Originally Posted by heavygargoyle
Do we look at velocity or energy? I am looking at the specs for .357 sig and 10 mm auto on wikipedia.
I like Taylor Knock Out or TKO
TKO = Bullet Mass (gr) x Expanded Bullet Diameter (in) x Terminal Velocity (fps) / 7000
or momentum x expanded diameter
Taylor first described this measure of stopping power in his classic work "African Rifles and Cartridges." Taylor referred to number generated by the equation as the "Knock Out Value" or "Strike Energy." Common practice today is to refer to this value as the "Taylor KO factor" or simply "Taylor KO."
The TKO has no physical meaning and is strictly used as a figure of merit for comparing cartridges. Its main advantage is the ability to attempt to represent complex terminal ballistics as a number; specifically momentum x expanded diameter. This can be utilized to assign different wounding capabilities to projectiles.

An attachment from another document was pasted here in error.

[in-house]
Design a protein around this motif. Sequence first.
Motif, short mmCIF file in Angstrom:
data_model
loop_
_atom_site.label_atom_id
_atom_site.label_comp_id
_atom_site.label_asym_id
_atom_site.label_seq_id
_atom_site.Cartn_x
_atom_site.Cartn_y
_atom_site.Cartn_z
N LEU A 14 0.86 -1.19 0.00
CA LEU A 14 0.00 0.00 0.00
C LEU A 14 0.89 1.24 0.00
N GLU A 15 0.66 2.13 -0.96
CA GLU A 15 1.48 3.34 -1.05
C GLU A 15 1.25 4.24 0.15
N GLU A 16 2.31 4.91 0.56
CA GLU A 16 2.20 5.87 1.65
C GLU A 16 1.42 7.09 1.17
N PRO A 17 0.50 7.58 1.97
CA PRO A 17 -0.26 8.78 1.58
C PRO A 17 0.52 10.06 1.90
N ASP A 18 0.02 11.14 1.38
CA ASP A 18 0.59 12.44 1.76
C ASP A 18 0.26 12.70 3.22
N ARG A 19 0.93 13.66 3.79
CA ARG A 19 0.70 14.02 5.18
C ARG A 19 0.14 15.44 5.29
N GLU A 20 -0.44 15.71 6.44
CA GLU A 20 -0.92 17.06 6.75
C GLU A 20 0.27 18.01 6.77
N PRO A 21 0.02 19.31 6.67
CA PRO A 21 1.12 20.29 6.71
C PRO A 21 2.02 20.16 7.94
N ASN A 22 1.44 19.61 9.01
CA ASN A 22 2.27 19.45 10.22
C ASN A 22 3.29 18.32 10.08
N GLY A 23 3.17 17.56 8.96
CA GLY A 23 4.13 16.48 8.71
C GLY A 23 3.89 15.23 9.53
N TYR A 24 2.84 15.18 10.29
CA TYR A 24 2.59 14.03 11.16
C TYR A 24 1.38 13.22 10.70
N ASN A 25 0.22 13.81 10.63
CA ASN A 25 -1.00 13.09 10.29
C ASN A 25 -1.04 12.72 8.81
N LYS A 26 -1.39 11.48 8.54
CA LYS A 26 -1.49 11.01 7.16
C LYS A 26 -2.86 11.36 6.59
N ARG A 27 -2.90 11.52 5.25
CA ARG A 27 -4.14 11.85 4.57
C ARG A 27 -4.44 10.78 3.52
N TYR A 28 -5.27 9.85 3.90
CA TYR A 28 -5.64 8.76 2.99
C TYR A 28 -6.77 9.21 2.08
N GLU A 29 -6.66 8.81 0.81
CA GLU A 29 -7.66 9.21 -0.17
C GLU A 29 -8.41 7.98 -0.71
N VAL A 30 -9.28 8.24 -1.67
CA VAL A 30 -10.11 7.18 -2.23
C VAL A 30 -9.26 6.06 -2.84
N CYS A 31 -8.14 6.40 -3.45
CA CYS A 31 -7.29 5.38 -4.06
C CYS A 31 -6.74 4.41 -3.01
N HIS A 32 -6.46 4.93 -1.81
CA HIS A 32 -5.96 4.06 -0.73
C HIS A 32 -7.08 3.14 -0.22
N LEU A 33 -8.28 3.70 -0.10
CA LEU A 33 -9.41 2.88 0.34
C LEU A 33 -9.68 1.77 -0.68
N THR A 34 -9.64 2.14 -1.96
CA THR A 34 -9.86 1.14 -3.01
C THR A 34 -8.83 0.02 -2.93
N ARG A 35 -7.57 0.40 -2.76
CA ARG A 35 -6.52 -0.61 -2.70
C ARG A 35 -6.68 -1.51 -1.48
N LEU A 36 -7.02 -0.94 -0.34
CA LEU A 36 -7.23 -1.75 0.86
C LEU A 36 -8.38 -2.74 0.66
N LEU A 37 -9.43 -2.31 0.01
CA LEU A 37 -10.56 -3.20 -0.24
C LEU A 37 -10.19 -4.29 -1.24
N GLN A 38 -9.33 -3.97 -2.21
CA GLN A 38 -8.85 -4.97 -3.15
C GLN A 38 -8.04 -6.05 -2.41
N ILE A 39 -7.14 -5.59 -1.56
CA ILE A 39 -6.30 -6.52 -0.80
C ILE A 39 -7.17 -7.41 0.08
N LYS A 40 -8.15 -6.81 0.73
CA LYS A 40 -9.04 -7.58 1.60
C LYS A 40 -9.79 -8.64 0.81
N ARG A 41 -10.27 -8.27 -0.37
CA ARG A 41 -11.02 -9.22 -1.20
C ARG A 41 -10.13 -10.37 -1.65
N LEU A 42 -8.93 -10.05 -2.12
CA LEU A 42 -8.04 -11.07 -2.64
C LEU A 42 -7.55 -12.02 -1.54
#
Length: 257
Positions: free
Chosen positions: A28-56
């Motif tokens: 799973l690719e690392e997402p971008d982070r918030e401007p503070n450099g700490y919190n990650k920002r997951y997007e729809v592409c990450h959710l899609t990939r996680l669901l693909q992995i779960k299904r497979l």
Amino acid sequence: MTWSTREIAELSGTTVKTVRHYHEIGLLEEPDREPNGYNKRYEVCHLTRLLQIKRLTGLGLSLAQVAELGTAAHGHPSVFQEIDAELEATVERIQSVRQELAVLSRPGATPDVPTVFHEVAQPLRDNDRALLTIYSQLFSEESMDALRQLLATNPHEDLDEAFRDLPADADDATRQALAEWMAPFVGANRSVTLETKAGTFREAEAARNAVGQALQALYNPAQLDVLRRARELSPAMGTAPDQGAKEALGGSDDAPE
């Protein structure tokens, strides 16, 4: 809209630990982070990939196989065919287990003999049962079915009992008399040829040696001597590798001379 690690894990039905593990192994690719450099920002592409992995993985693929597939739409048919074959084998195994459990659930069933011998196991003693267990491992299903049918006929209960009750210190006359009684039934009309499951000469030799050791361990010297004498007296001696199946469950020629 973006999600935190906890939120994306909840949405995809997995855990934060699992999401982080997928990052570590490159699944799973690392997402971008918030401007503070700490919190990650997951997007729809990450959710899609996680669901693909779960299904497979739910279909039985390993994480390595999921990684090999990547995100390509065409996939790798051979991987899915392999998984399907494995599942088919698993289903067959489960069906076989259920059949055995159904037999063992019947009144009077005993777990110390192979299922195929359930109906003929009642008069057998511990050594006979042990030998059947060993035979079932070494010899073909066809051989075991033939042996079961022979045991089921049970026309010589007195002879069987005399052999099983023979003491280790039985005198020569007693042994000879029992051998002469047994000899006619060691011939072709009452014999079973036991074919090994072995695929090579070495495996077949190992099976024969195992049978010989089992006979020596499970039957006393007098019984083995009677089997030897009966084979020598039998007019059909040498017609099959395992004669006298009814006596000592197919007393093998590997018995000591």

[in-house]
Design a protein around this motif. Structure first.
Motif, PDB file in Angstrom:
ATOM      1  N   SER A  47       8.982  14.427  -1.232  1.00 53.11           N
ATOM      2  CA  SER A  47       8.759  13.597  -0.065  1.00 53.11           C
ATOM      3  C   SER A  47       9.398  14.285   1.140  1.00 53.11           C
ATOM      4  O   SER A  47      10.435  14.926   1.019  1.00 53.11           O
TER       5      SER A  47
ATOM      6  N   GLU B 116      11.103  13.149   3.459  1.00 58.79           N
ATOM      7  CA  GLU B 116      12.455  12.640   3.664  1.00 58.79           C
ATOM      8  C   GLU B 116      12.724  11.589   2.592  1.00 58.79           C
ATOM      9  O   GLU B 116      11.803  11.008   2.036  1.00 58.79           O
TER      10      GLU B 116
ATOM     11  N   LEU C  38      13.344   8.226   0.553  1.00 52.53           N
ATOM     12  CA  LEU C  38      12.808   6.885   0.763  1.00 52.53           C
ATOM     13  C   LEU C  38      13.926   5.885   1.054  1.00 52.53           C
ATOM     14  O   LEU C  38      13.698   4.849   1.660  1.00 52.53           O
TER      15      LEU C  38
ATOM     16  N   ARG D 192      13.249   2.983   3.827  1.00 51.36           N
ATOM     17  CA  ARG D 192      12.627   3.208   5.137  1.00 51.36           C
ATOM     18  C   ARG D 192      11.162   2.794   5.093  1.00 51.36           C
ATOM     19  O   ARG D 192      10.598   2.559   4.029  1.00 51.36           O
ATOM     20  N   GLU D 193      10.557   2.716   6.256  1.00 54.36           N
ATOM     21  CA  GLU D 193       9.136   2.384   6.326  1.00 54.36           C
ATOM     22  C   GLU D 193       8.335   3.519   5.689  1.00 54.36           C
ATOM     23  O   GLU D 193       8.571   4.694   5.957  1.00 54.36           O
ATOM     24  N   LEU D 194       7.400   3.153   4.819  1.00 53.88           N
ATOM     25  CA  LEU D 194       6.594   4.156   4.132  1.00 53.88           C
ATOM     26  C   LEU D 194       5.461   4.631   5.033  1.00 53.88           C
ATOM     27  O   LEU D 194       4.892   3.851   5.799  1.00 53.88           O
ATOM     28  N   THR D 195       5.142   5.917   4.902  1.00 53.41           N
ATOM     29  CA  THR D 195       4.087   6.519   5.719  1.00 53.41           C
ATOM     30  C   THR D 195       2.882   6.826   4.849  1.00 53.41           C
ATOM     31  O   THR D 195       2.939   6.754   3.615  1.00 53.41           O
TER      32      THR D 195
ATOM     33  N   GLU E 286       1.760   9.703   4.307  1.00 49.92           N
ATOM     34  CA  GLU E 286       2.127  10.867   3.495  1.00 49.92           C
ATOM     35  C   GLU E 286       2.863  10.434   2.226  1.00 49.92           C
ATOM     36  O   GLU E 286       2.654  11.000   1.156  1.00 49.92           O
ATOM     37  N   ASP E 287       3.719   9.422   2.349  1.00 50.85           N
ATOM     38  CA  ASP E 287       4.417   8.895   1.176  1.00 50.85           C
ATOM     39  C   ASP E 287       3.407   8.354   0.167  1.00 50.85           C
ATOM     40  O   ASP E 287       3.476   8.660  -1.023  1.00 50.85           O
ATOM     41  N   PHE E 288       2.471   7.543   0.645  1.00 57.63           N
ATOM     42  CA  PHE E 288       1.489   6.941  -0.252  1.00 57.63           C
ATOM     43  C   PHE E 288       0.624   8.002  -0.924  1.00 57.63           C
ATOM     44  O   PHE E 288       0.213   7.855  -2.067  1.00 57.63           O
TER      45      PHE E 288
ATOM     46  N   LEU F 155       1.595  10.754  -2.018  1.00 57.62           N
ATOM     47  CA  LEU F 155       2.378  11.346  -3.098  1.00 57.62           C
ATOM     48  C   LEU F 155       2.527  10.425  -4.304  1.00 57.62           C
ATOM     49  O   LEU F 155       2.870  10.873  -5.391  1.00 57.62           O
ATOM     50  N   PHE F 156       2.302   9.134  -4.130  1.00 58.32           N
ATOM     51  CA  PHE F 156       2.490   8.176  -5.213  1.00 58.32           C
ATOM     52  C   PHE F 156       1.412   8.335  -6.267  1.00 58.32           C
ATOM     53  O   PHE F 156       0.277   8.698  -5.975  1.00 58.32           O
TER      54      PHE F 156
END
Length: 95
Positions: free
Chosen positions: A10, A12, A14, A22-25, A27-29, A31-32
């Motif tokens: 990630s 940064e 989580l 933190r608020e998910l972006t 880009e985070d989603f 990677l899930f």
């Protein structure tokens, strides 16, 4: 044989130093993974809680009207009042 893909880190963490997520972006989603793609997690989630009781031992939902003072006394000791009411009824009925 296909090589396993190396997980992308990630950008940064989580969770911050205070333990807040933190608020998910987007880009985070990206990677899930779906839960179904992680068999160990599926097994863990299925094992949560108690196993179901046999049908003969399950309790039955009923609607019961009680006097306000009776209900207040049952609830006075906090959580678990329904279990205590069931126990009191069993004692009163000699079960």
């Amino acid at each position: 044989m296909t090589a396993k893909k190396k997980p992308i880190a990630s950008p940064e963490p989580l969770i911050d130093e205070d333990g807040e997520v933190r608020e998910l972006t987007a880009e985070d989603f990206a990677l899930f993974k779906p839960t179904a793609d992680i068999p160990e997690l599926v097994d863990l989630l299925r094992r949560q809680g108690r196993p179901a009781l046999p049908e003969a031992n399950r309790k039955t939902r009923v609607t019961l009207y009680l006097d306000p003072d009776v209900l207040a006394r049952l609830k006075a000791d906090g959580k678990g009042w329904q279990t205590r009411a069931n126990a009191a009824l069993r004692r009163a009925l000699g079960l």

It does have good general correlation. For example, the TKO of a .22Mag is about 2, a .38Spcl about 6, a .357 about 10, the 10mm, .44Spcl and .45acp all about 13, a .44Mag 17 and a .454Casull at least 30. Clearly the TKOs are, at least loosely, tracking stopping power. You can't really say that about energy because a .22Mag produces more energy than a .380acp AND a .38Spcl. Momentum works a little better but still has problems: .22Mags and .380acps have about the same momentum and some .38Spcl+Ps have more momentum than .357Mags.